a given for Americans. Only 32.5% of Americans over the age of 25
have graduated with a bachelor’s degree from
a four-year university. Of these graduates, about one third will go on to
get more education, like medical school or a masters
or a doctorate in a discipline like sociology. 12% of American over the age of 25 have some
sort of advanced degree. Education must matter an awful lot for people
to willingly choose to spend so much time
and money on it. And, of course, our schools of sociological thought
can help us understand how educational systems
help shape society, and why education carries such
importance in people’s lives. Today, we’ll be looking at Structural Functionalism
and Symbolic Interactionism and next week, we’ll look more in-depth at education using
a conflict theory perspective. As you might expect by this point, structural
functionalism looks at how formal education helps
keep a society running smoothly. Because structural functionalism looks at
everything that way. And we can think of how education works in society,
in terms of both manifest and latent functions. Manifest functions are the intended consequences
of education. And an obvious example of a manifest function is
just…teaching kids the basic facts about the world. It’s pretty hard to get through the world
without knowing how to read or write. And even for people who don’t use math every
single day, it’s pretty useful to be able to calculate a
20% tip without needing to pull out a calculator. Another manifest function of schooling is
socialization. By going to school outside the home, kids
begin to learn norms and values beyond what
their parents might teach them. For example, schools engage in cultural
transmission, or passing along knowledge
to a new generation of citizens. Children in public schools start their day
by pledging allegiance to the American flag
– and by doing so, learn patriotic values. Similarly, civics and history courses teach them
how political processes work, which helps create a
well-informed, well-functioning civil society. In this way, schools also act to promote social
integration, taking people from different backgrounds
and exposing them to social norms and cultural values, in an effort to promote a shared
understanding of the social world. And educational institutions do more than just pass
on knowledge – they also help us create new knowledge
through cultural innovation and research. Every major advance in our society – whether it’s the
technology of self-driving cars, or new understandings
of the inequalities we see in the world – has been possible because it built on the
knowledge we learn in schools. Yet another manifest function of schools is to
educate the future workforce, teaching the skills that
people need to be productive members of society. So formal education acts as a form of credentialing,
a way of establishing someone’s qualifications
to work in a certain field. You know that diploma you got when you graduated
– or will get when you do graduate? That’s documented proof of your credentials. And educational credentials are often used
as a way of determining social status – they determine social placement by telling us
who can access which jobs, and how much they
should be paid for that work – factors that determine socioeconomic status. Now, in addition to all of these intended functions
of education, there are some unintended consequences,
or latent functions, of schooling, too. One of the more important ones is learning
how to be a good 9 to 5 worker. Horace Mann’s original vision of public schools
was based on a Prussian model of schooling
now known as the ‘factory school model,’ because it teaches children how to work within a
set schedule and listen to authority figures. Those are skills that come in handy as an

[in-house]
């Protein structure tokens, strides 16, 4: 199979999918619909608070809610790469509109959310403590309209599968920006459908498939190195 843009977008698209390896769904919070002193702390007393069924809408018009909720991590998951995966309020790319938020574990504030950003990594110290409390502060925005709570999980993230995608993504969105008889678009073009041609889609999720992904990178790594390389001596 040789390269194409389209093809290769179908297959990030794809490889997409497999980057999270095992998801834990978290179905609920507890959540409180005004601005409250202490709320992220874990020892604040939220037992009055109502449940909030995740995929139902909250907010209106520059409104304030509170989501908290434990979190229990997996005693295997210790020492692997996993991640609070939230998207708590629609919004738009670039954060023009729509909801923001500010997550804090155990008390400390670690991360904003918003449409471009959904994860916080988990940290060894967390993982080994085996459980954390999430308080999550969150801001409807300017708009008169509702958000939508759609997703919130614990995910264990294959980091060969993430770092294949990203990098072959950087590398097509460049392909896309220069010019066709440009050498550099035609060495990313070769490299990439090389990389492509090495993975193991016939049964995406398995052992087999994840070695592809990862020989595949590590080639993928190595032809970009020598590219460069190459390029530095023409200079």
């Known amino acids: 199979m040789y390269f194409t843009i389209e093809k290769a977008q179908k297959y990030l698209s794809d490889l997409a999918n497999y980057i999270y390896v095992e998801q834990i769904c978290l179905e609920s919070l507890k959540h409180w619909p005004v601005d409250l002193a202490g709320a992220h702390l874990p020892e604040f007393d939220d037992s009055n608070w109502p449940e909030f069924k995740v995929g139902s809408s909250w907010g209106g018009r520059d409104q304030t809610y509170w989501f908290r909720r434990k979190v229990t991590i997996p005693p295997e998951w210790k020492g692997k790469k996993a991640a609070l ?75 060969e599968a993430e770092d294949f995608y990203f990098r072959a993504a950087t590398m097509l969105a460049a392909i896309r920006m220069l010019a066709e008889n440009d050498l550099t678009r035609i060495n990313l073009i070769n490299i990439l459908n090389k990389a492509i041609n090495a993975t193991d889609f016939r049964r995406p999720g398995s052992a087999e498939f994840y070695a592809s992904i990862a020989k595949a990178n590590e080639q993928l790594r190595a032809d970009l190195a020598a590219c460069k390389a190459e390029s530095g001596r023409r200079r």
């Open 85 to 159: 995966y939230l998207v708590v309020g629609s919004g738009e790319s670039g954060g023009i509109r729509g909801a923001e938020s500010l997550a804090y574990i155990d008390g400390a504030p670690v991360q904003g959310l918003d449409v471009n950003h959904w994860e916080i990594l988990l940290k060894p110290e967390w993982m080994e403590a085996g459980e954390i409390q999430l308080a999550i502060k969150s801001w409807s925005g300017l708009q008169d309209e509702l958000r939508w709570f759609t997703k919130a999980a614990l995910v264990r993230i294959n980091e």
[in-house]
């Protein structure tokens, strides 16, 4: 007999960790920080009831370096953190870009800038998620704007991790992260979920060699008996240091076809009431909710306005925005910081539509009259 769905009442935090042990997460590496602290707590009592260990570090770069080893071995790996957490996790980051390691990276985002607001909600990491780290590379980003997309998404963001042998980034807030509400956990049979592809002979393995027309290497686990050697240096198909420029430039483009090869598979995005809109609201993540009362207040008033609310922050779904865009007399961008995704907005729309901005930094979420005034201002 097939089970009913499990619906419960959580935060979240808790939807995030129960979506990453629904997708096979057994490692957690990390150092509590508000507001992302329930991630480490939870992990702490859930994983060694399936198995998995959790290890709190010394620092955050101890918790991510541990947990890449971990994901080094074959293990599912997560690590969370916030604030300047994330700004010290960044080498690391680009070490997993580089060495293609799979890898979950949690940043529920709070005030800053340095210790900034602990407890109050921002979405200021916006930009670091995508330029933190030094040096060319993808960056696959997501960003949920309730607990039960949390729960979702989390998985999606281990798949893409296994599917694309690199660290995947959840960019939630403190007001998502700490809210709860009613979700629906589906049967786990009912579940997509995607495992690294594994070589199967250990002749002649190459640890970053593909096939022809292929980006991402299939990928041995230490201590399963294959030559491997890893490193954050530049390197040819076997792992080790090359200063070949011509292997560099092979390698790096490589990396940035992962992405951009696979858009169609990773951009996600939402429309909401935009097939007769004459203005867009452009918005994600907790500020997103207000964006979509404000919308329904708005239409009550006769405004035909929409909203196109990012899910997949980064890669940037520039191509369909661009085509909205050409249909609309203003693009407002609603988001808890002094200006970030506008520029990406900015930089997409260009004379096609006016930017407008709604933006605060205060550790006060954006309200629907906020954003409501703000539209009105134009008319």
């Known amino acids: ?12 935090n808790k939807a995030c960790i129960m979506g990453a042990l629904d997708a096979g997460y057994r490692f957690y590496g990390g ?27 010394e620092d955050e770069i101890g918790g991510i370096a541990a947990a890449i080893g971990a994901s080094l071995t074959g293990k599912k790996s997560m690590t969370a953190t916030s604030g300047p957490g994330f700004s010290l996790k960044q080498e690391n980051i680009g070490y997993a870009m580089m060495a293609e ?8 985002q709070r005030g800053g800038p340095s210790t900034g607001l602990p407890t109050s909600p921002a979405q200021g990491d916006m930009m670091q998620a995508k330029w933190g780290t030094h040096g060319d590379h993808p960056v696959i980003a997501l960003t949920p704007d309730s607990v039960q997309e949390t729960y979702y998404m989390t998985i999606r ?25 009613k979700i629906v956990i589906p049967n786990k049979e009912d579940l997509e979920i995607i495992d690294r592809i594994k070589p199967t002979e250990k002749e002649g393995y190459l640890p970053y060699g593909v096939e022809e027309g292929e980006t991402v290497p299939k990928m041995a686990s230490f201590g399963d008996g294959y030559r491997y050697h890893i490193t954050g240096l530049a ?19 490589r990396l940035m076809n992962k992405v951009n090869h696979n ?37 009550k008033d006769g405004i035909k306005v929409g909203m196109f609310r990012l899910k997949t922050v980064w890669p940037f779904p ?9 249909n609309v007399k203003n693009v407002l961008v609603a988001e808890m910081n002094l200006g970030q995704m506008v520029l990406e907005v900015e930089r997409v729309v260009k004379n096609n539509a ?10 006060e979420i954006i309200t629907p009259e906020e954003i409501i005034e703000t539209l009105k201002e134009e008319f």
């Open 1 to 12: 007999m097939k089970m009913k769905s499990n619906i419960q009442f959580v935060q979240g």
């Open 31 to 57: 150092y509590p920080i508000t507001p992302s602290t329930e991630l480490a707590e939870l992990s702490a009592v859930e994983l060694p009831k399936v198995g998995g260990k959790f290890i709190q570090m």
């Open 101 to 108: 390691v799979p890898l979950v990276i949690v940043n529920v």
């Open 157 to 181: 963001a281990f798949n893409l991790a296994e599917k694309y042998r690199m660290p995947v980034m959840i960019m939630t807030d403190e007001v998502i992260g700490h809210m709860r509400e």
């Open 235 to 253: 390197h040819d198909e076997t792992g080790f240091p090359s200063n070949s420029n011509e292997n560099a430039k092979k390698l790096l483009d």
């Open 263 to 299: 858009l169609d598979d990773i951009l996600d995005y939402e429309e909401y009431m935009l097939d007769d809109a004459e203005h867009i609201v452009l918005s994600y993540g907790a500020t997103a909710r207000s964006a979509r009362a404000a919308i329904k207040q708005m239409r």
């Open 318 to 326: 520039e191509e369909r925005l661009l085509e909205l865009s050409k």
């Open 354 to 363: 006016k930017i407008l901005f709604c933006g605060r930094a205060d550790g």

adult when your boss tells you to be at your
desk at 9 in the morning. K-12 Schools also provide childcare that makes working
parents’ lives easier – not the intended purpose of
schools certainly, but a pretty useful latent function. And a third latent function of schools is
that they just help you make friends! Schools help people form social groups by introducing
them to many people around their same age. This also makes it easy to meet and interact
with potential romantic partners around your age – which might be why we see so many college
and high school sweethearts who tie the knot. Structural functionalism stresses all the
ways that schooling helps maintains the order
and stability of society. But our other theories of sociological thought point
out the ways that educational institutions may maintain
practices that are not beneficial to everyone. Recall that symbolic-interactionist approaches
explore how people create the world that we live
in through their day-to-day interactions. In the context of education, we see this play
out in how stereotypes created by society can
turn into a self-fulfilling prophecy. Teachers who believe a student has high ability tend
to give that student more attention and feedback – which in turn helps that student believe that
they have high ability, which in turn helps that
student develop greater academic ability. Similarly, if you decide you’re just not a “math person,”
you might try to avoid doing math at all and stop taking
math classes as soon as your school lets you – which will pretty much guarantee that you
end up not being all that good at math. Self-fulfilling prophecies can have very real
consequences when its beliefs about student’s abilities
are influenced by stereotypes of race, gender, or class. The lower graduation rate of racial minorities
is one outcome. So too is women’s underrepresentation in Science,
Technology, Engineering, and Math fields. Next week, we’ll use the lens of social conflict
theory to explore more about how schooling can
both cause and perpetuate social inequalities. This week, we discussed the history of education
as a social institution, with a specific focus on
how the US organizes its educational system. We also talked about structural functionalist
approaches to education and some of the manifest
and latent functions associated with education. Finally, we discussed a symbolic interactionist
approach to education that shows us how self-fulfilling prophecies in educational settings contribute
to differences in academic outcomes for students. Crash Course Sociology is filmed in the Dr.
Cheryl C. Kinney Studio in Missoula, MT, and it’s
made with the help of all of these nice people. Our animation team is Thought Cafe and Crash
Course is made with Adobe Creative Cloud. If you’d like to keep Crash Course free for everyone,
forever, you can support the series at Patreon, a crowdfunding platform that allows